SIMBA: using Kolb’s learning theory in simulation-based learning to improve participants’ confidence

Meri Davitadze, Emma Ooi, Cai Ying Ng, Dengyi Zhou, Lucretia Thomas, Thia Hanania, Parisha Blaggan, Nia Evans, Wentin Chen, Eka Melson, Wiebke Arlt, Punith Kempegowda

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Background: Simulation via Instant Messaging- Birmingham Advance (SIMBA) delivers simulation-based learning (SBL) through WhatsApp® and Zoom® based on Kolb’s experiential learning theory. This study describes how Kolb’s theory was implemented in practice during SIMBA adrenal session.

Methods: SIMBA adrenal session was conducted for healthcare professionals and replicated Kolb’s 4-stage cycle: (a) concrete experience—online simulation of real-life clinical scenarios, (b) reflective observation—discussion and Q&A following simulation, (c) abstract conceptualisation—post-session MCQs, and (d) active experimentation—intentions to implement the acquired knowledge in future practice. Participants’ self-reported confidence levels for simulated and non-simulated cases pre- and post-SIMBA were analysed using Wilcoxon Signed-Rank test. Key takeaway and feedback were assessed quantitatively and qualitatively in a thematic analysis.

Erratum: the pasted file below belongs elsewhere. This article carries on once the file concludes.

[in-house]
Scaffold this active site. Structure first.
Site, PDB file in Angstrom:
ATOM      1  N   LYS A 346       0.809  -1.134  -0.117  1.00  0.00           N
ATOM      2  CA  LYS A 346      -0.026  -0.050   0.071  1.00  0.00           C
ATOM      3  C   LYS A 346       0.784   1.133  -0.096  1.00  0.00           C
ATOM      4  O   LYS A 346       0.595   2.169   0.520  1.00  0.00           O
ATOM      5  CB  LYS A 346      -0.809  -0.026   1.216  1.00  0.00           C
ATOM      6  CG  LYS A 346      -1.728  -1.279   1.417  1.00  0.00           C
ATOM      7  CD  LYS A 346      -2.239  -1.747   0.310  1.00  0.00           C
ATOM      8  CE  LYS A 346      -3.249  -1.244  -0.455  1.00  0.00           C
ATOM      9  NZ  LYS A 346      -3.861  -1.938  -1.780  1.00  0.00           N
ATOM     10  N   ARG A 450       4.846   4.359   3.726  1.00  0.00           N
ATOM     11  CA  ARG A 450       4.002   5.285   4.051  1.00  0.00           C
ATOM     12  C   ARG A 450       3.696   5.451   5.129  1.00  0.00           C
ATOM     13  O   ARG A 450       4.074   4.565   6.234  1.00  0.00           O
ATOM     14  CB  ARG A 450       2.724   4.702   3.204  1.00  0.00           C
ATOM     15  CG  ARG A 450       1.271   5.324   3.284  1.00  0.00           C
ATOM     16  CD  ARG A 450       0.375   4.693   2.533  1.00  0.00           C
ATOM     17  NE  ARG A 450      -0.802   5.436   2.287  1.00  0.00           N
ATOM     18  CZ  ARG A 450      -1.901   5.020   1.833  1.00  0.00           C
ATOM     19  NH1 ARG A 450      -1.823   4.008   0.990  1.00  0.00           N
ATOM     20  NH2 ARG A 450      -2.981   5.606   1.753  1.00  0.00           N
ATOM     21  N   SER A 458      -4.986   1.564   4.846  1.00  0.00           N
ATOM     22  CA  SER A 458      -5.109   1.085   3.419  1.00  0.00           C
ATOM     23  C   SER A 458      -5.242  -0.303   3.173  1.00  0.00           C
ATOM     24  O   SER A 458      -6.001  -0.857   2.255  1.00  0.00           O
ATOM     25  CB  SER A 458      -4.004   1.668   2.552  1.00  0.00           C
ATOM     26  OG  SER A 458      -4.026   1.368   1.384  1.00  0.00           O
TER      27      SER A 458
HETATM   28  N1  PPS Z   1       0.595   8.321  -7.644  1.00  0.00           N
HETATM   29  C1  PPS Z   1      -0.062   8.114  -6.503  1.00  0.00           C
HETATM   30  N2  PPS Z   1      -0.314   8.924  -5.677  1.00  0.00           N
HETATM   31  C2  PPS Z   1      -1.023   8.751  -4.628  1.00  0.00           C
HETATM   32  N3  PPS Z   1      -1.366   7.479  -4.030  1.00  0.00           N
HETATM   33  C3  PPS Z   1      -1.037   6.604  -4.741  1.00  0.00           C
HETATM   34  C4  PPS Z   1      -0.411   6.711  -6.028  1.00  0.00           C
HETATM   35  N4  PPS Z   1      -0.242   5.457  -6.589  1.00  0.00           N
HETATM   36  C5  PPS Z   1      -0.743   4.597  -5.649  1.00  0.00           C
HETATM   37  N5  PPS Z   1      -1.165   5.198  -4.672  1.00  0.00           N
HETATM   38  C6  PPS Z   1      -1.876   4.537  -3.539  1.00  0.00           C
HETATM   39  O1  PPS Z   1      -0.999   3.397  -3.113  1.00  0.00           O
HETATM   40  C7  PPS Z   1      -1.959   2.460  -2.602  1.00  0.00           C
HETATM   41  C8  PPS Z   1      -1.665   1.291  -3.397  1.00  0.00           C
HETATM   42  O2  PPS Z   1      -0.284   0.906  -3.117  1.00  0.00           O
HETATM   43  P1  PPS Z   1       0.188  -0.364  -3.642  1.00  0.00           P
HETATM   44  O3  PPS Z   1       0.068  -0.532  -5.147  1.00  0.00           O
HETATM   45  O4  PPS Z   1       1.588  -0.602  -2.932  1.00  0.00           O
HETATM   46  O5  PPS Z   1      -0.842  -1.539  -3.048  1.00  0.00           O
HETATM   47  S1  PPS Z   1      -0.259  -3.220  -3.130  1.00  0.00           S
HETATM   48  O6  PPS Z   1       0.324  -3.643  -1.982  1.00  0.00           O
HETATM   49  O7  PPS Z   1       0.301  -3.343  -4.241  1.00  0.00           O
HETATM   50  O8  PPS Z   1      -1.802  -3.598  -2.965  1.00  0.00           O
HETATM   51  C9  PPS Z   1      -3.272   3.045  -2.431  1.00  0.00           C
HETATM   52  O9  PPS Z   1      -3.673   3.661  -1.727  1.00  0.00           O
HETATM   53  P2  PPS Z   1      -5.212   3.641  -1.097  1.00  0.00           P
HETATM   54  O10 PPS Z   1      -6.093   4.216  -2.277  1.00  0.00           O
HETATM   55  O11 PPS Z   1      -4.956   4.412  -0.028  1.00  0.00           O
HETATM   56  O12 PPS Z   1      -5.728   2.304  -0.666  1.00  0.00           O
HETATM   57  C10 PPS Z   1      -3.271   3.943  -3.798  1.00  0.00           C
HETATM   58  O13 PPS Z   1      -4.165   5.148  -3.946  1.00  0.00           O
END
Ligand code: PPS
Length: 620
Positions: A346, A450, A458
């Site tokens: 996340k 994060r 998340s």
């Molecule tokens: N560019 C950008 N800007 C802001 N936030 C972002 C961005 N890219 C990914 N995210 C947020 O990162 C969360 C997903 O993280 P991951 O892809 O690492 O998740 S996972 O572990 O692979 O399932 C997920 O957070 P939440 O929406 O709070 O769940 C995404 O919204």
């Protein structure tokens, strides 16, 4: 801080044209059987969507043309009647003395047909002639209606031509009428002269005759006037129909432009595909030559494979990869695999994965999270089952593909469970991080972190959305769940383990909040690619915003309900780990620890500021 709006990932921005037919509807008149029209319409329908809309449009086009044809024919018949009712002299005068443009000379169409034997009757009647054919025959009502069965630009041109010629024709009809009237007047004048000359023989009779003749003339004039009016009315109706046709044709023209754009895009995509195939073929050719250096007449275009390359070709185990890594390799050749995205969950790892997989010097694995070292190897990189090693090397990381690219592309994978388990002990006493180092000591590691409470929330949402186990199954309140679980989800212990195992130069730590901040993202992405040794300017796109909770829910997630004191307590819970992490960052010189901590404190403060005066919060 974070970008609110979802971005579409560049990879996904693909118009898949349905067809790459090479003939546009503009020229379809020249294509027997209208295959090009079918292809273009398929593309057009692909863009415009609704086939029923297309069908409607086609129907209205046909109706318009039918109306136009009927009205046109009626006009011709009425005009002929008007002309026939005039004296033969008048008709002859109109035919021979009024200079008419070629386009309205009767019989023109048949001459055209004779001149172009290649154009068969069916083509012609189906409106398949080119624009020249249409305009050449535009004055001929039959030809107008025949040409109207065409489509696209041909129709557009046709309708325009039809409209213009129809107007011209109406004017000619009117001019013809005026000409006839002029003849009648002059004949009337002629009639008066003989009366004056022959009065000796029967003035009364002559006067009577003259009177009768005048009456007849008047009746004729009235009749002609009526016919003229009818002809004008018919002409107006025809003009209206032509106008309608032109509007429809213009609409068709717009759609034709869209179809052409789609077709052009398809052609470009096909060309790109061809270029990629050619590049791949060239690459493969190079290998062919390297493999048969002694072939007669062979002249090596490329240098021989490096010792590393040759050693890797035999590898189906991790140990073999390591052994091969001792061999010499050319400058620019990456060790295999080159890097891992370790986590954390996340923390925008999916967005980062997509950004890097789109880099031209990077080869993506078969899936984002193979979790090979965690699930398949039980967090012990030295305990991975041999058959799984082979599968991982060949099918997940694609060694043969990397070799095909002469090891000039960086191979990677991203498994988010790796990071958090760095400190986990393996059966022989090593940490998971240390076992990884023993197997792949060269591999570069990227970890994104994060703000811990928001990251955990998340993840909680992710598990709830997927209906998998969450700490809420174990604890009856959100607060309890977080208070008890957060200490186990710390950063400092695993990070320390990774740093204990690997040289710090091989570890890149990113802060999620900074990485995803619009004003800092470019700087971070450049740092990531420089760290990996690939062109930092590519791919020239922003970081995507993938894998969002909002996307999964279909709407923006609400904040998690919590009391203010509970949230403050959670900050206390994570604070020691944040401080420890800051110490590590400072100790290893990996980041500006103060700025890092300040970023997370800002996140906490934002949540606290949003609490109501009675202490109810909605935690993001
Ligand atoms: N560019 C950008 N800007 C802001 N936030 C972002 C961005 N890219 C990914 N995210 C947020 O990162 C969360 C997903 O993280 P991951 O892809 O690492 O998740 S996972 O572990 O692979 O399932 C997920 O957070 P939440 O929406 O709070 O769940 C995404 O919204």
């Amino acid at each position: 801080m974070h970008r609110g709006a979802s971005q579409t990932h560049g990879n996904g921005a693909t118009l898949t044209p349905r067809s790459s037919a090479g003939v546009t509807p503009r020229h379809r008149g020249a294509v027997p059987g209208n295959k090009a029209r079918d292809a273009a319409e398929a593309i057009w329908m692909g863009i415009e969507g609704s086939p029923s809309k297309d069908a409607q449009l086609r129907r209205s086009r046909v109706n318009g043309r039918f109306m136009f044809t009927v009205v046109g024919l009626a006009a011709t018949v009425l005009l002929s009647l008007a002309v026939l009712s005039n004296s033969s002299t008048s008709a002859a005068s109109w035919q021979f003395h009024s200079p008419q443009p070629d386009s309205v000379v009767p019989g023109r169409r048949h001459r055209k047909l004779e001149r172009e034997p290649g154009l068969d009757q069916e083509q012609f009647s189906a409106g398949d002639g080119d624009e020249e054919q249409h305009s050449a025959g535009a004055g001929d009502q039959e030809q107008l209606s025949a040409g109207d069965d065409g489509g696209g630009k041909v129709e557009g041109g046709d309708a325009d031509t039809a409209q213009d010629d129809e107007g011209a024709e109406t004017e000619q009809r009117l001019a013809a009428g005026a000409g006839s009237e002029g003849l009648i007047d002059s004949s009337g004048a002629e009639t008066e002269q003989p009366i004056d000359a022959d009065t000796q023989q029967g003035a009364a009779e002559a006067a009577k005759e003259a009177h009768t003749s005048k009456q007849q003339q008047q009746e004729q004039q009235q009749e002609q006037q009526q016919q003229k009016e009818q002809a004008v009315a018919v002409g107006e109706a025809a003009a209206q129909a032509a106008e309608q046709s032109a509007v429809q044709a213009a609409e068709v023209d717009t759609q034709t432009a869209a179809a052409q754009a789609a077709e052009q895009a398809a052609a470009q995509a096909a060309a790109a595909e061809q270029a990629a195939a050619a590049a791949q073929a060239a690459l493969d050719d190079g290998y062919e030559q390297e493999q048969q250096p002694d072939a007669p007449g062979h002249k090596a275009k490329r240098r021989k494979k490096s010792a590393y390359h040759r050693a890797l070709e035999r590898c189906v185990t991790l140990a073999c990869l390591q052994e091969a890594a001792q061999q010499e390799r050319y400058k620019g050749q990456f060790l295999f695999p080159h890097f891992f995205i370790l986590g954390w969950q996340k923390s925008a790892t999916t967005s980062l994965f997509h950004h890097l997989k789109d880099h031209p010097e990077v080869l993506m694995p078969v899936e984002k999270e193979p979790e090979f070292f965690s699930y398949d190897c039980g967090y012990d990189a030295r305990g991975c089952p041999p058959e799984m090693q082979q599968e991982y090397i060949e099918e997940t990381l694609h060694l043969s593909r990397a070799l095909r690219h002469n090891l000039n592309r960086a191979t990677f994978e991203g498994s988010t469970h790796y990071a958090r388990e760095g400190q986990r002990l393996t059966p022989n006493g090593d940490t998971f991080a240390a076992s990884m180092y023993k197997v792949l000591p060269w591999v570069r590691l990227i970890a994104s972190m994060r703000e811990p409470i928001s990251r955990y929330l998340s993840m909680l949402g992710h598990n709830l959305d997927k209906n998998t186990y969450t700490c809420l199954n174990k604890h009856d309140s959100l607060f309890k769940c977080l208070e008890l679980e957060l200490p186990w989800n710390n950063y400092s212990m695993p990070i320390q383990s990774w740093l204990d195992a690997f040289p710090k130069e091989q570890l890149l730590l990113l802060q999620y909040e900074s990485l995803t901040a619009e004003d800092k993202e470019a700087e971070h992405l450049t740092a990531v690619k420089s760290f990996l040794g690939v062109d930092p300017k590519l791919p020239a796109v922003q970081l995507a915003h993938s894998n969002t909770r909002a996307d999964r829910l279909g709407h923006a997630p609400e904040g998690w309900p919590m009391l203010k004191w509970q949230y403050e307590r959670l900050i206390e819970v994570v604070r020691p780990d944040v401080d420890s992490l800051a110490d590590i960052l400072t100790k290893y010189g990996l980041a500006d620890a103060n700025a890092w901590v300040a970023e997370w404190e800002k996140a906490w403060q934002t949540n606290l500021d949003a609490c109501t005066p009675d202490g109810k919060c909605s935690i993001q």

Results: Thirty-three participants were included in the analysis. A Wilcoxon signed-rank test showed that the SIMBA session elicited a statistically significant change in participants’ self-reported confidence in their approach to Cushing’s syndrome (Z = 3.873, p = 0.0001) and adrenocortical carcinoma (Z = 3.970, p < 0.0001). 93.9% (n = 31/33) and 84.8% (n = 28/33) strongly agreed/agreed the topics were applicable to their clinical practice and accommodated their personal learning style, respectively. 81.8% (n = 27/33) reported increase in knowledge on patient management, and 75.8% (n = 25/33) anticipated implementing learning points in their practice.

Conclusions: SIMBA effectively adopts Kolb’s theory to provide best possible experience to learners, highlighting the advantages of utilising social media platforms for SBL in medical education. The ability to conduct SIMBA sessions at modest cost internationally paves way to engage more healthcare professionals worldwide.
Original languageEnglish
Article number116
Number of pages11
JournalBMC Medical Education
Issue number1
Publication statusPublished - 22 Feb 2022

Bibliographical note

Funding Information:
We thank all the healthcare professionals who participated in this study. We thank the students from University of Birmingham Medical School who have participated as moderators in this study. We also thank Health Education West Midlands Specialist trainee committee and Institute of Metabolism and Systems Research, University of Birmingham for their support to conduct this study.

Publisher Copyright:
© 2022, The Author(s).


  • Clinician’s confidence
  • Endocrinology
  • Kolb’s learning theory
  • Medical education
  • Simulation-based learning


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